CEMEX alleges Uruchurtu explained to Kirk in their meeting after the safety complaints were made, that Uruchurtu was working to troubleshoot the issue with the kiln and the specific steps Uruchurtu had taken to resolve the issue; yet, the Secretary disputes this fact, and Uruchurtu, in his deposition, could not remember saying this and did not understand what Kirk was saying when Kirk interrupted his meeting. (Mot. Ex. 3 at CEMEX000579–580; Mot. Mem. at 7; Sec’y Ex. A Uruchurtu Dep. 82:15–16, 98:13–18; Sec’y Resp. at 6.)


CEMEX also argues that Kirk did not raise the “issue of an immediate danger to the employees of the plant” due to the kiln at the shift-change meeting. (Mot. Mem. at 5.) However, Kirk indicates in his deposition testimony “we talked about the kiln and the dusting” and “[t]hat they were still running, dusting and all that stuff” and further stated “[y]ou know, there’s a lot of huge safety concerns.” Therefore, whether and to what extent the safety of the kiln may have been discussed at the shift-change meeting is a material fact in dispute. (Sec’y Ex. B Kirk Dep. 62:13–24, 63:1–7; Sec’y Resp. at 5.)


B.        Kirk’s Claim is not Moot


CEMEX filed a Supplement to Respondent’s Motion for Summary Decision reporting that Kirk voluntarily resigned his employment with CEMEX, effective May 12, 2023. CEMEX asserts that due to Kirk’s resignation, he “no longer [has] a legally cognizable interest in the outcome,” making this matter moot. (Suppl. at 1); Mid-Continent Res., Inc., 12 FMSHRC 949 (May 1990). However, the Secretary notes, “[s]hould Kirk’s disability status change or he seek further employment for any reason, removal of the discipline from his file and/or a neutral employment reference would provide a benefit for future job applications.” (Sec’y Resp. at 1617.) CEMEX’s citation to the Administrative Law Judge case Sonney v. Alamo Cement Company is misplaced because the miner there ha[d] already received assurances that his personnel record ha[d] been cleansed and that Alamo [would] not provide negative employment recommendations”). Sonney v. Alamo Cement Co., Ltd., 29 FMSHRC 310, 315 (2007) (ALJ). That is not the case here with Kirk and CEMEX.


C.        Interference Claim


            The Secretary notes that CEMEX does not meaningfully address Complainant’s interference claim in its motion. Thus, the Secretary argues that, if I were to grant CEMEX’s motion, I should construe it only as a motion for partial summary decision because the interference claim still survives. (Sec’y Resp. at 1617.) Because Respondent bears the burden of proving there are no material facts in dispute, I cannot rule in favor of CEMEX on the interference claim, given that it did not argue explicitly regarding the interference claim. Moreover, I determine many of the disputed material facts discussed above are also relevant to the interference claim and, therefore, summary decision on this issue is not appropriate.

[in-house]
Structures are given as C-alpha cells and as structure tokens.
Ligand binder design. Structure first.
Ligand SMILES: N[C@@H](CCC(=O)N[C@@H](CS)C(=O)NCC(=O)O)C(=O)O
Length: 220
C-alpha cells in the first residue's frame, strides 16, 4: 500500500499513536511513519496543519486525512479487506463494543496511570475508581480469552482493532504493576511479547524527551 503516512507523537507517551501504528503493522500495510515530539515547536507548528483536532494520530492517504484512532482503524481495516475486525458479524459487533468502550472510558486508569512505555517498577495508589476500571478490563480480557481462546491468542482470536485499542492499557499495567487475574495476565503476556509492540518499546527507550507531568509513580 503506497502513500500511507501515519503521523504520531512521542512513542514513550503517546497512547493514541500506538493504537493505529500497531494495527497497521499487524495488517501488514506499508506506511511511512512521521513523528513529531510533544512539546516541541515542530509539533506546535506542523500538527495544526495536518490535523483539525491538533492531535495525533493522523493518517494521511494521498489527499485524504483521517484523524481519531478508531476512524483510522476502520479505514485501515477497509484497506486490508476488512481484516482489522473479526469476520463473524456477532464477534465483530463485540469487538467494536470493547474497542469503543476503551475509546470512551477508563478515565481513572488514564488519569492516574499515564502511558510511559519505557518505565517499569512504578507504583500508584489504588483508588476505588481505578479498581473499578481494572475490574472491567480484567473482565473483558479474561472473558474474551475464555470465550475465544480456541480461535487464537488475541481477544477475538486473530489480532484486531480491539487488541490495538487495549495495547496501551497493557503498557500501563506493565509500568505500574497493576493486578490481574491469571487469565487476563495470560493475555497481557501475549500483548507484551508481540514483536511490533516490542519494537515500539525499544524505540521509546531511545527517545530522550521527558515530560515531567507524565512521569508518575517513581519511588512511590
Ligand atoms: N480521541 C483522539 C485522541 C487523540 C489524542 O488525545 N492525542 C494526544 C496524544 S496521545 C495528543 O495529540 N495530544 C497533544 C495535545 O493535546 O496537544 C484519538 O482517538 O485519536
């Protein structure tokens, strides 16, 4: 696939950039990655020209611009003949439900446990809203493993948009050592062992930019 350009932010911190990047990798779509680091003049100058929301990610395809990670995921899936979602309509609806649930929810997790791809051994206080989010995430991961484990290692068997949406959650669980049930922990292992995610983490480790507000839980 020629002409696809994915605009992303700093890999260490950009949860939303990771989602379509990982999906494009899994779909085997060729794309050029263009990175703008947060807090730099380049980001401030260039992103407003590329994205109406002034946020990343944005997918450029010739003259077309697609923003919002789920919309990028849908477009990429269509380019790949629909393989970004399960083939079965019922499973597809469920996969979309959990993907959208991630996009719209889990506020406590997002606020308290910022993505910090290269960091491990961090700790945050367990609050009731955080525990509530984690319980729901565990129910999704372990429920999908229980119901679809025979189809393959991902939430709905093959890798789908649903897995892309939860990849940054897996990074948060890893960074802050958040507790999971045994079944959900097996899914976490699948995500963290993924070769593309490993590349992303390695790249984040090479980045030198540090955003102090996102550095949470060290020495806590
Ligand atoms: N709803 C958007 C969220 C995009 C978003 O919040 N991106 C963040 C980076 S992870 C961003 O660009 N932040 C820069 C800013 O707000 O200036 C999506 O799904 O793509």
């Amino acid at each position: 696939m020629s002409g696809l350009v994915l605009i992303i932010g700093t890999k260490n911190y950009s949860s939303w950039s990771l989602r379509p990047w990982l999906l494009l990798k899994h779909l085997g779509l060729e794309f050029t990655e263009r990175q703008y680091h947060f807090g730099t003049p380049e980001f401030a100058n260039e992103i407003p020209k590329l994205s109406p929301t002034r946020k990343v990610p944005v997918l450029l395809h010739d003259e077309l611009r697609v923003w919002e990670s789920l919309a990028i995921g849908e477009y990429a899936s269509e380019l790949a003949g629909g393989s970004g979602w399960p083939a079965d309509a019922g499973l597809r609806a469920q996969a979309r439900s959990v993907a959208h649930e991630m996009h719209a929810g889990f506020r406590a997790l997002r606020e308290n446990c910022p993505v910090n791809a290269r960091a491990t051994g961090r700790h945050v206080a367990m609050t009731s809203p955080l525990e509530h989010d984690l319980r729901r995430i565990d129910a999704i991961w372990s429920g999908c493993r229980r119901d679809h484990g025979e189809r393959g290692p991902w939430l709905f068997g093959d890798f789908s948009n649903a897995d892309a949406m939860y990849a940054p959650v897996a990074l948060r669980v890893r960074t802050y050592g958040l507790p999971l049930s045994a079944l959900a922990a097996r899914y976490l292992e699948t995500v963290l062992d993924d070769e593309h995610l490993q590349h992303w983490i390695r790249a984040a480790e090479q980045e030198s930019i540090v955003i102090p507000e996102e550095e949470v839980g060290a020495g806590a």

D.        Conclusion


            When viewed in the light most favorable to the Secretary, I therefore determine that several genuine issues of material fact exist in this section 105(c) proceeding. Given this determination, I conclude that CEMEX is not entitled to summary decision as a matter of law under Commission Procedural Rule 67(b). 29 C.F.R. § 2700.67(b).






            Respondent’s Motion for Summary Decision is DENIED. The hearing will be held as previously scheduled on May 23–24, 2023, in Tampa, Florida.




                                                                                                     /s/ Alan G. Paez

Alan G. Paez

Administrative Law Judge

(202) 233-3889



Distribution: (Via U.S. Mail and Electronic Mail)


Rachel M. Bishop, Esq., U.S. Department of Labor, Office of the Regional Solicitor,

61 Forsyth Street S.W. Room 7T10, Atlanta, GA 30303-8816





Michael T. Cimino, Esq. & Benjamin J. Wilson, Esq., Jackson Kelly PLLC, P.O. Box 553, Charleston, WV 25322-0553





[1] “No person shall discharge or in any manner discriminate against . . . or otherwise interfere with the statutory rights of any miner . . . because of the exercise by such miner . . . on behalf of himself or others of any statutory right afforded by [this Act].” 30 U.S.C. § 815(c)(1).